• Don’t use abbreviations unless generally known in the scientific community (AIDS and DNA are fine, but spell out other, discipline-specific technical terms instead of using abbreviations).

  • Don’t make up experiences you’ve never had or write what you think the review committee wants to hear.

  • Don’t send in a first draft.

  • Write it yourself; don't steal--or borrow--someone else's words.

  • Don’t say you want to help people, want to cure cancer, or use other clichés. A desire to help humanity can be a plus, but only when expressed in very specific terms.

Things to keep in mind

Here are three points that you should be aware of while writing.

  • Remember your audience. Applicant review committees are composed primarily of faculty from the department you are applying to. They may be familiar with some terminology but assume that they are not familiar with all aspects of your research project. Faculty read many--sometimes hundreds of--applications. Make your statement unique.

  • If you are submitting applications to multiple programs, each personal statement should be customized for that particular institution and application. Ensure that each personal statement includes the correct name of the institution or program and states faculty member's names correctly.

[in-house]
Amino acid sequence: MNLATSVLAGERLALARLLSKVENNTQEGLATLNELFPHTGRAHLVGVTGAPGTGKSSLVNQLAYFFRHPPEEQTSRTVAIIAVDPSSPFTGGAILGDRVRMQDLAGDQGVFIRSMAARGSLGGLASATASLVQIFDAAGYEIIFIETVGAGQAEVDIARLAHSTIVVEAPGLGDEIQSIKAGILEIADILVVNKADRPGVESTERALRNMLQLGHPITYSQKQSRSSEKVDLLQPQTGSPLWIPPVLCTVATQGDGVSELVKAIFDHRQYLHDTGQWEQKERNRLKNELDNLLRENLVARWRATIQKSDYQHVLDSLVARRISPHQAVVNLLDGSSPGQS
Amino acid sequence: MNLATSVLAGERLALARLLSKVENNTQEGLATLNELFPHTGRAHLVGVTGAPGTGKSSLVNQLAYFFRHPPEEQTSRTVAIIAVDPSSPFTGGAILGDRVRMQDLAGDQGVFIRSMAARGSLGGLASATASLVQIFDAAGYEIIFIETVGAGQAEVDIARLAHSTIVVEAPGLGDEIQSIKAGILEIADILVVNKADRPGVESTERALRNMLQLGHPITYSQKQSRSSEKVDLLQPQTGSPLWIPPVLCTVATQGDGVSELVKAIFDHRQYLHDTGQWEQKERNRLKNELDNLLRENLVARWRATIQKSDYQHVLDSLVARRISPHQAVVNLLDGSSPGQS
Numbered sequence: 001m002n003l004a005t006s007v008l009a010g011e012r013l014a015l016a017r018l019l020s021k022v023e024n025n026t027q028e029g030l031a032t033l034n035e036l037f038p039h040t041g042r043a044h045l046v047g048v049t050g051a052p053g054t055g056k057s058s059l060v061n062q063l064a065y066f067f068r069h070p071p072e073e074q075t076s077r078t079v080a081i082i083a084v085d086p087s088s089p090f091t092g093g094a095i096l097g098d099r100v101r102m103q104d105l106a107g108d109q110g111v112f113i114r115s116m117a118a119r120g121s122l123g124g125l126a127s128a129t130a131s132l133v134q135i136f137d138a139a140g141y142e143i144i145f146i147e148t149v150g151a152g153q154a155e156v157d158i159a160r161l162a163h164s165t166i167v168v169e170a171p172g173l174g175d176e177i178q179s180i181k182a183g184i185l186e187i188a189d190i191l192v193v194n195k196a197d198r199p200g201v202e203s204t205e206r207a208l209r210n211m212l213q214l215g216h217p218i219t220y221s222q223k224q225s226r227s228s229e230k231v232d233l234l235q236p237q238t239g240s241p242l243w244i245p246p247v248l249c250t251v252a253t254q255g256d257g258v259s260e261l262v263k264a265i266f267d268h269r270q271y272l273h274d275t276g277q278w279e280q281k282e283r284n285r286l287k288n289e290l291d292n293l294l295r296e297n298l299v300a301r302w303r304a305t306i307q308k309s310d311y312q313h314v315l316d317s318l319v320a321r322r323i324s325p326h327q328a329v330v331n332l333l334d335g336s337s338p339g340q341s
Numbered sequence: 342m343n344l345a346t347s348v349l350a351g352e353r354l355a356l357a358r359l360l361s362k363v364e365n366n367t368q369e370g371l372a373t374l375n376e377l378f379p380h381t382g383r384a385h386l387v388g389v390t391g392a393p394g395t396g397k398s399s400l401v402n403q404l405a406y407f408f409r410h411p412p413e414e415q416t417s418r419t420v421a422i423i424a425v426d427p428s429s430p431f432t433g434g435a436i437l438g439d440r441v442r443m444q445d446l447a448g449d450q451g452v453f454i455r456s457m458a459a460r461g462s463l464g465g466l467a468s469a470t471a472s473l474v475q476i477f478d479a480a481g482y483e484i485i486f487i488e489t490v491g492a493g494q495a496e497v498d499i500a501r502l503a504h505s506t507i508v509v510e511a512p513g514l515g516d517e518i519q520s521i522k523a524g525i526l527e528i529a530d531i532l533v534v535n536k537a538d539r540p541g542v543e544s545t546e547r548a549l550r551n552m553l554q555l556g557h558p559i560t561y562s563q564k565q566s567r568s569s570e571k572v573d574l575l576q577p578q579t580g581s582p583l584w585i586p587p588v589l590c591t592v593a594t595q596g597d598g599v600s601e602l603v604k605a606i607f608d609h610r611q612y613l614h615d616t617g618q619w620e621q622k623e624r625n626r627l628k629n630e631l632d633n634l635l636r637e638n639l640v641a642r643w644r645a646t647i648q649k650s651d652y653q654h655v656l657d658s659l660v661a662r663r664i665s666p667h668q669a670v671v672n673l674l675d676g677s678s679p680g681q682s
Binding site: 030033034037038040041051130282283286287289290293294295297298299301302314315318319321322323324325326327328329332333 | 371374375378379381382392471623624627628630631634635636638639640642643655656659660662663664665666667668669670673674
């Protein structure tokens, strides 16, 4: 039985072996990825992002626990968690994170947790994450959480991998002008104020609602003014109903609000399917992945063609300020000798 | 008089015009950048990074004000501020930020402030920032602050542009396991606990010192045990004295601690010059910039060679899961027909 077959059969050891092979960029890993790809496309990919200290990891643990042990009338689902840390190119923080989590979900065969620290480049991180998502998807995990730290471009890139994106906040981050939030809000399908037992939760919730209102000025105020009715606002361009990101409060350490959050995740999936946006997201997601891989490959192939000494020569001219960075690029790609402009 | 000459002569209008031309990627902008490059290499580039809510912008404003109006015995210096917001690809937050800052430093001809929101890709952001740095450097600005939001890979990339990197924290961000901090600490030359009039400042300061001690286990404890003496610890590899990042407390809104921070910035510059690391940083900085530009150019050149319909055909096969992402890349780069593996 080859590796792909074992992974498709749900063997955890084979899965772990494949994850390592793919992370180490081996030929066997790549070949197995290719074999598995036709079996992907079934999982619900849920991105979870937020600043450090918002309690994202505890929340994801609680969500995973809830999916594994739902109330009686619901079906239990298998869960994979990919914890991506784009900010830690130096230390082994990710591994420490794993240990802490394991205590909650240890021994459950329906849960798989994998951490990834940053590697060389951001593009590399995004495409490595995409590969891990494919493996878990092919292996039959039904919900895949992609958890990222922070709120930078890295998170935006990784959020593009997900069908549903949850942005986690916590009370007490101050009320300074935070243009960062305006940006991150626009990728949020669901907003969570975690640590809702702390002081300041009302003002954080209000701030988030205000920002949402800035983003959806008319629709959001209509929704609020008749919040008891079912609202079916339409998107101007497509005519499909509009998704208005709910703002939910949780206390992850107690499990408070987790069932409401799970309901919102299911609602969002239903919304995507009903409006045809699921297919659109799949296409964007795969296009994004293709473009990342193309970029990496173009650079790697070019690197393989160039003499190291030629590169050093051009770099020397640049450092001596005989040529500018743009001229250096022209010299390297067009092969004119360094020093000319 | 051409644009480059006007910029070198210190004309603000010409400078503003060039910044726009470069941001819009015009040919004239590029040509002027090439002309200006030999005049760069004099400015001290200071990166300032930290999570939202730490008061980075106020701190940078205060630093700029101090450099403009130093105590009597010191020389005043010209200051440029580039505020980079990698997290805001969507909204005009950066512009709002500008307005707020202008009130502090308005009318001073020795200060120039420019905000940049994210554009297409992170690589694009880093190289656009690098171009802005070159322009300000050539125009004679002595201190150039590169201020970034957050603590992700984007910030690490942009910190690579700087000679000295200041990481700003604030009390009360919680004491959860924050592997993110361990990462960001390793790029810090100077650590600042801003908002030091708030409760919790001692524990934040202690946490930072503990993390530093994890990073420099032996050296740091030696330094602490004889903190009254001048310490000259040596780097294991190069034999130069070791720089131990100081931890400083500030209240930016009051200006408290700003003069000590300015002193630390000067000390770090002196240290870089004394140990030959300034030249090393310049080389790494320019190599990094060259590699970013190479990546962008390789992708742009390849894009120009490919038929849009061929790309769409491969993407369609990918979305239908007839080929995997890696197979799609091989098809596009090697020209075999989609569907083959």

• Ensure that you address specific questions posed as part of the personal statement portion of each application for different programs.

The personal statement is an important part of your application package. Developing one is a process that takes time, persistence, and revision. Start early and take it seriously. Remember, the statement is a reflection of you. Don’t be like Jamal. Use it to your advantage and it will land you an interview with your program of choice. Happy writing.

Related Articles

More from Careers

Brian Rybarczyk

Brian Rybarczyk is director of academic and professional development at UNC Chapel Hill's graduate school. He has a Ph.D. in pathology and laboratory medicine from the University of Rochester.

Brian Rybarczyk has written two previous articles on how to write your personal statement for a graduate school application; you will find his earlier articles here and here.